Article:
It’s become sort of a tradition for us at JNC to debut a new T-shirt design at each JCCS show. This year, JNC‘s designer and Project Z owner Yee Chan came up with something really special, what he calls “Best of the Best”.
The Toyota 2000GT, Mazda Cosmo Sport, and Nissan Fairlady Z are the three most sporty, game-changing, and just plain beautiful cars to emerge from Japan in the late Sixties. This trio grand touring machines epitomize the hopefulness and sheer audacity of an auto industry that had just begun its golden age. Here they are, decked out in their most famous racing livery.
The 1967 Toyota 2000GT was Japan’s first supercar and spiritual ancestor to the Lexus LFA. It was a grand tourer of the highest caliber, competing with the world’s best. It began Toyota’s long infatuation with twin-cam straight-sixes and cost more than a Porsche 911 at the time.
From April 7 to April 8 1967, the 2000GT finished one-two at the Fuji 24-hour endurance (along with a Toyota Sports 800 in third place). The gorgeous red-on-white livery is an iconic color scheme for the car, with vintage Denso, Mitsubishi Oil, NGK and Bridgestone logos. Yes, the tires say Goodyear on our shirt, the designer’s subtle nod to the American 2000GT SCCA race cars campaigned by Carroll Shelby.
The 1967 Mazda Cosmo Sport 110S was the world’s first twin-rotor car. It began the Hiroshima-based company’s love affair with the rotary engine and bore futuristic styling inspired by the jet age. Only 1,519 were built (of those, only 343 short-wheelbase versions), making them the holy grail for Mazdafarians today.
If you thought a 24-hour race was impressive, try an an 84-hour enduro. In 1968 Mazda sent two Cosmo Sports to run the Marathon de la Route, a three-and-a-half day event at the Nürburgring. The cars were mostly stock, and although the Japanese team had to bow out with axle problems in the 82nd hour, the Belgian team finished fourth overall, an amazing debut for a brand new class of car. As a result its livery features both Belgian and Japanese flags, as well as vintage logos from Mazda, Shell Oil, and SEV Marchal (with corresponding foglights).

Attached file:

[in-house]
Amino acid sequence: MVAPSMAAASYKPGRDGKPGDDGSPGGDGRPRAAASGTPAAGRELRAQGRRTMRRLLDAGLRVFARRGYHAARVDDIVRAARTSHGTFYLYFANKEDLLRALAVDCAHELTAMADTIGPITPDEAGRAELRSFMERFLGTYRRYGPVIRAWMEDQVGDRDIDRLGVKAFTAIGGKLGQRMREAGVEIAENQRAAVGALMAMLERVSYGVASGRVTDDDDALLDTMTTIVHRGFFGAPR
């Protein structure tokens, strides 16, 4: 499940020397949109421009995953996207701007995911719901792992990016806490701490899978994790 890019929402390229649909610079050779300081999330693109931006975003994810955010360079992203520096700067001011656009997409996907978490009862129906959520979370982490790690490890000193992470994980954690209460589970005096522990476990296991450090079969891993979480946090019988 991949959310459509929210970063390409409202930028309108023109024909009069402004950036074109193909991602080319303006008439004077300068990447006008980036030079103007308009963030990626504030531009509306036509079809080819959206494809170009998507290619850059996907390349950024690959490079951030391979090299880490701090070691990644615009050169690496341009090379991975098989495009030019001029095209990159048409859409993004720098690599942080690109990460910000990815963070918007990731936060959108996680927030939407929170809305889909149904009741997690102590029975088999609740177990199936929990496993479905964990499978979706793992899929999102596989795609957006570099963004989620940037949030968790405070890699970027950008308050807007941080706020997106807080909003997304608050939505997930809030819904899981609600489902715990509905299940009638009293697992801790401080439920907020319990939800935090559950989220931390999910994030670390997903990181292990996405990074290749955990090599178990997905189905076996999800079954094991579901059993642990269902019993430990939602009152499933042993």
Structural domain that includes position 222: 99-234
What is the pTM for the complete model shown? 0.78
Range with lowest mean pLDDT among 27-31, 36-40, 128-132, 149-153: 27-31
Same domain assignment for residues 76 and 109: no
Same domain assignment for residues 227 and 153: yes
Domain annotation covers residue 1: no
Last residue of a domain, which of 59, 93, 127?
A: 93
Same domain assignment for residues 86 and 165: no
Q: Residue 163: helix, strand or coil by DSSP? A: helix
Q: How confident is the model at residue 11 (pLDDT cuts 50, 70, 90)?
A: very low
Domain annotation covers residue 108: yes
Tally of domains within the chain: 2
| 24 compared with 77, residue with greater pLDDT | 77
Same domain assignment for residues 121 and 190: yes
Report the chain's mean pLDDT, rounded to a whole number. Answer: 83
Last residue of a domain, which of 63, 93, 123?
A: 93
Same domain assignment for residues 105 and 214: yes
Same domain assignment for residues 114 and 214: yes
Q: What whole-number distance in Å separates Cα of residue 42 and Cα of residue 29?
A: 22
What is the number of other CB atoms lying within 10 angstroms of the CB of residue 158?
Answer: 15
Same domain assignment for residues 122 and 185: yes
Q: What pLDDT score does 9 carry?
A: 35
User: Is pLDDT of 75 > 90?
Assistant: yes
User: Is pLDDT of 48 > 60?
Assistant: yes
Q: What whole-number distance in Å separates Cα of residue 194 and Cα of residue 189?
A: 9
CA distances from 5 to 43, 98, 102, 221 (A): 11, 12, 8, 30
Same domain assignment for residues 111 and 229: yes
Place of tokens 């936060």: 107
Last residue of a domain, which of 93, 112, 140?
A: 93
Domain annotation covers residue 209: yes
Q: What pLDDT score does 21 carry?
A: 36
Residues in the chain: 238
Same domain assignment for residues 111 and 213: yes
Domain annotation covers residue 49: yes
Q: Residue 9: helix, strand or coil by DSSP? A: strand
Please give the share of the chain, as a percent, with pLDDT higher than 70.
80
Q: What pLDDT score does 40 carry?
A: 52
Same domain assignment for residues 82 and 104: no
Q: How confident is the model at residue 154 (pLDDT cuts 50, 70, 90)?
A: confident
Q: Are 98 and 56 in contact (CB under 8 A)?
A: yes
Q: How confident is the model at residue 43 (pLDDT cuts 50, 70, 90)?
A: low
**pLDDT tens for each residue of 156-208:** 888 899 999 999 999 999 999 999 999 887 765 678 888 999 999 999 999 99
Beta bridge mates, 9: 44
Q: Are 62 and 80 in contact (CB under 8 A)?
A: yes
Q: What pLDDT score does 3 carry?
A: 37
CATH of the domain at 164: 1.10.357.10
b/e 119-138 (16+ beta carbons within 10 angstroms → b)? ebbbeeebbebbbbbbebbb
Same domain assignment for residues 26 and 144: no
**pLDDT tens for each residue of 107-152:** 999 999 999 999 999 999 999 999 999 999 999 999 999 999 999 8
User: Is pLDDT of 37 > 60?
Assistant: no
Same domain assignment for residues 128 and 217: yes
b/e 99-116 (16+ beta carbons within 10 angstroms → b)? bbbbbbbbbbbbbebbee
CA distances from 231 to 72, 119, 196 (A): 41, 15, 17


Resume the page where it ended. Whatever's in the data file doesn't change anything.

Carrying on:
The Nissan Fairlady Z needs no introduction. It is the car that transformed how Japanese cars were perceived, and made them desirable. In the US, we are more familiar with the BRE race cars of Peter Brock and John Morton, but the S30 was just as influential and competitive in motorsports events from its homeland.
The aerodynamic racers that launched a thousand bosozoku sleds were first seen in the Fuji Grand Champion series of the early 1970s. In particular, the fearless driving of Haruhi Yanagida in the pouring rain made the G-nose Z a legend. Podium finishes and an overall victory during a string of drenching storms bestowed him with the nickname “Yanagida of the Rain” and his tricolor 240ZG became known as the “Yanagida Z“. His G-nosed steed features logos from Dunlop, Hitachi, Mobil, the Sports Car Club of Nissan and STP.
So there you have it. The history of three of Japan’s greatest machines. We wanted to capture the spirit and Japanese racing heritage of the late Sixties in a shirt JNCers would be proud to wear.
“Best of the Best” comes in retro tan with gray ink and an orange JNC logo on the sleeve. All shirts are pre-shrunk cotton and are available in sizes S through XXL. It costs $25 each and will be available at the JNC booth at JCCS, and in the JNC Shop after the show.